Early one morning this past March, amid the rust-colored rocks and branching cacti of Arizona’s Organ Pipe National Monument, a man carrying two microphones approached a Scott’s Oriole calling from a thicket of blooming mesquite. As he crept forward, he noticed that the desert blossoms had attracted dozens of bees, whose buzzing threatened to drown out the oriole’s song. He contorted himself to circumvent the insects, but scrub brush blocked his every turn. Frustrated, he left the scene certain his recording was worthless.
The man was Lang Elliot, a seasoned nature-recording artist, and when he listened to the tape later on he was surprised by what he heard: the melodic rising and falling whistle of the oriole, peppered with softer calls from other nearby birds and an undulating buzz of bees. It wasn't anything like the recordings he'd been making for decades, but that was the whole point of his stop at Organ Pipe—to experiment with new ways of capturing whole environments, or what Elliot calls soundscapes. That morning he'd just fallen back into his old, tried-and-true recording mindset.
“I loved it,” Elliot says. “It was sort of wallowing in the soundscape.”
For 30 years, Elliot has recorded the sounds of the outdoors by capturing the isolated calls of animals. His nature recordings—including hundreds of North American bird species, as well as frogs, toads, insects, and other wildlife—have accompanied field guides and books used by ornithologists and novice birders alike. (His avian recordings also appear throughout Audubon’s website and on the Audubon Bird Guide App.) More recently, though, Elliot has transitioned to producing his more artistic soundscapes. And now he has taken to the open road, driving across the West while recounting his journey in a new podcast, The Music of Nature, while uploading dozens of soundscapes onto his Soundcloud page, all edited and produced on his own.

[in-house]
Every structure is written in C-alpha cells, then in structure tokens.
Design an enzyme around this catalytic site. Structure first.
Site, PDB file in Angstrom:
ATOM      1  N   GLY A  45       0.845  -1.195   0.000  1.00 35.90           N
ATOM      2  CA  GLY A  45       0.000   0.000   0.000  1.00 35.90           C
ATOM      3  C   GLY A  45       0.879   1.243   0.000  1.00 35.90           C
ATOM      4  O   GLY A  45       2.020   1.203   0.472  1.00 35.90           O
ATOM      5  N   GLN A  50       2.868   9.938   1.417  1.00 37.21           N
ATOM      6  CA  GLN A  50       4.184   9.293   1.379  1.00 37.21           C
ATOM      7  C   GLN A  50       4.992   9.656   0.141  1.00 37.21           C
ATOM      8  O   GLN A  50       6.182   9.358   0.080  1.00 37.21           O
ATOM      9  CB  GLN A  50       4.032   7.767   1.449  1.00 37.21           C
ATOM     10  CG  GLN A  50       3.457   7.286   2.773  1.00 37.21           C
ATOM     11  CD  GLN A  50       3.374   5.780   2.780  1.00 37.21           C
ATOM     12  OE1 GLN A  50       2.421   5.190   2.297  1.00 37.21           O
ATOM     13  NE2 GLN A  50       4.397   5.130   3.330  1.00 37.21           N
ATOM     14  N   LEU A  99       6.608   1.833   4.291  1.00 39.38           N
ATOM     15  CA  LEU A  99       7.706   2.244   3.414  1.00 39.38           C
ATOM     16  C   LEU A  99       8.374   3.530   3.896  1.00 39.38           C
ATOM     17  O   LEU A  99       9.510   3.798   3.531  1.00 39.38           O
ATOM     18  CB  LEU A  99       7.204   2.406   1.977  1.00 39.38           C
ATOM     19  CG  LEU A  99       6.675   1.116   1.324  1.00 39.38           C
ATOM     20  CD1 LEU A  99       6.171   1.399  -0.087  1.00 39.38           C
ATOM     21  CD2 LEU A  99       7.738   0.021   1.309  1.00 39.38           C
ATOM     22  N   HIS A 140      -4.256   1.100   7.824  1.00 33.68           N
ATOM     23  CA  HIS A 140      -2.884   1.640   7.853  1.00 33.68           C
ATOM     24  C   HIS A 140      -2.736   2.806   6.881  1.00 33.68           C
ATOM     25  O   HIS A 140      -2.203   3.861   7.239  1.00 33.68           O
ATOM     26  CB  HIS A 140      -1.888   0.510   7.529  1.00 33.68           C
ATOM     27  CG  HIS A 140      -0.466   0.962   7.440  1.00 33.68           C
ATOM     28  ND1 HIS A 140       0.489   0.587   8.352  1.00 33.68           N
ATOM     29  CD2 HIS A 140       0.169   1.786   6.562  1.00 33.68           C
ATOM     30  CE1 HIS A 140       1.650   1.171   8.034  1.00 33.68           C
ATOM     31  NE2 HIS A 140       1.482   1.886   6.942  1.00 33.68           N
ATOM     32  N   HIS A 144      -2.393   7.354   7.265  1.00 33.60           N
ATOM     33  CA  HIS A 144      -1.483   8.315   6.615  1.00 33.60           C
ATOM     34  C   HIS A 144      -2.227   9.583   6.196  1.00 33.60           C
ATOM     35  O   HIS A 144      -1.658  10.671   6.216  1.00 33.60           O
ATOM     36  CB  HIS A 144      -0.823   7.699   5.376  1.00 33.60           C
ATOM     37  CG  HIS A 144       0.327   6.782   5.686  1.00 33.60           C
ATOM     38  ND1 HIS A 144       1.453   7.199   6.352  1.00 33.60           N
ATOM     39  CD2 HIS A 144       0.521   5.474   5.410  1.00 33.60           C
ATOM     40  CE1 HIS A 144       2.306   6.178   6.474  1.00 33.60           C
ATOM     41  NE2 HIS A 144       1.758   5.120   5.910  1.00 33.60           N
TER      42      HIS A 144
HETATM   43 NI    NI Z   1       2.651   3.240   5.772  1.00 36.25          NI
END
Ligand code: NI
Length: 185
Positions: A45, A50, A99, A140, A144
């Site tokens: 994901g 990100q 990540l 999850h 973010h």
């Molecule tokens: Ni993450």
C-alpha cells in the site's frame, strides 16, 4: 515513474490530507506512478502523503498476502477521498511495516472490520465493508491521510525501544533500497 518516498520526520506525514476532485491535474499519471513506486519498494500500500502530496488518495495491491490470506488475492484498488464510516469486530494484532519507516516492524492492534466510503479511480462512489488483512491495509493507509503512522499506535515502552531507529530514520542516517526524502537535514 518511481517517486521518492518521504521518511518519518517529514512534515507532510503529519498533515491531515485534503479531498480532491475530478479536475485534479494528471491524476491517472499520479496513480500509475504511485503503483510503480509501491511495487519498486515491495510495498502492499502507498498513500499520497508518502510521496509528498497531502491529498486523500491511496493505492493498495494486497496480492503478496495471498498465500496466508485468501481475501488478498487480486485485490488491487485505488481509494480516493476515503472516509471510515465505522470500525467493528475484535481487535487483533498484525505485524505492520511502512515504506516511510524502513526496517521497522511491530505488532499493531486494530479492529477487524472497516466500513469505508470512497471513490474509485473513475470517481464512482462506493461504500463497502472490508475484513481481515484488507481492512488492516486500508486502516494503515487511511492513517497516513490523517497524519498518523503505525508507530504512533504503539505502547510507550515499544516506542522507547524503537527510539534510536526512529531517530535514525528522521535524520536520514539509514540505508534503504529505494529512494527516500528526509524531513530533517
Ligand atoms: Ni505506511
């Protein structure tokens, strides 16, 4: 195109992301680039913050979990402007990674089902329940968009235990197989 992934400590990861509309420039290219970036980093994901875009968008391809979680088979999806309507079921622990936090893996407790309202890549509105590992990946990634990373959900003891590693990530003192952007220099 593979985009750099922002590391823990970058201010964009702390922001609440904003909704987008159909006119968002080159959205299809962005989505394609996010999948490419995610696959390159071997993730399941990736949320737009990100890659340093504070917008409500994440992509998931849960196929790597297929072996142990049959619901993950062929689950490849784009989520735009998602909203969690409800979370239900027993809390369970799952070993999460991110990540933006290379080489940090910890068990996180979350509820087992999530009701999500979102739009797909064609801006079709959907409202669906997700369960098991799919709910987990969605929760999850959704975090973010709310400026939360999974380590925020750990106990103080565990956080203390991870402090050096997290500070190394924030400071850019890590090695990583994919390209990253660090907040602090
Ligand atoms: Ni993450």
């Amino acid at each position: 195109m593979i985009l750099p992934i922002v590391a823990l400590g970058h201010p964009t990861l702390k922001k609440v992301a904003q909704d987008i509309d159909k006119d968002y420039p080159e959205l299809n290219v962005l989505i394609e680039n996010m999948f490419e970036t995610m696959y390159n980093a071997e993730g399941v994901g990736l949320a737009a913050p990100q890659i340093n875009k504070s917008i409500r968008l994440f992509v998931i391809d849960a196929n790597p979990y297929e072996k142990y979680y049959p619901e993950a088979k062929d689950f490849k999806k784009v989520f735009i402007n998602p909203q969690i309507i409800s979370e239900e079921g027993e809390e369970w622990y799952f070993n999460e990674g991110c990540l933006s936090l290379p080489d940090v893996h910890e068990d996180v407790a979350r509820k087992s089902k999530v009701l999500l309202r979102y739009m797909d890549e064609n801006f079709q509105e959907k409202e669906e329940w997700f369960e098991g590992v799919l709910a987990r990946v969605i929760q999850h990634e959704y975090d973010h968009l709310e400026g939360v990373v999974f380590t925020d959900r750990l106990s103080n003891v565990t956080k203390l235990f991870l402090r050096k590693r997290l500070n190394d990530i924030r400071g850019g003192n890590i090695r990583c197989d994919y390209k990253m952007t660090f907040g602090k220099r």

The idea of sharing his personal experiences as “a wandering poet of the American West” came to Elliot after a two-year battle with throat cancer. Months of radiation and surgery changed him; they even changed his voice. The illness kept him confined indoors, and he longed to immerse himself in the wilderness again. He also craved the freedom to travel transiently. So when it came time to get back to recording, he decided to throw himself into the soundscapes he'd played with in the past. “I was almost in need of an adventure,” he says. He came up with a plan to travel the West for at least six months starting with spring migration. As he uploaded his podcasts and soundscapes, he would also keep an updated an interactive map so that people could follow his audio journey.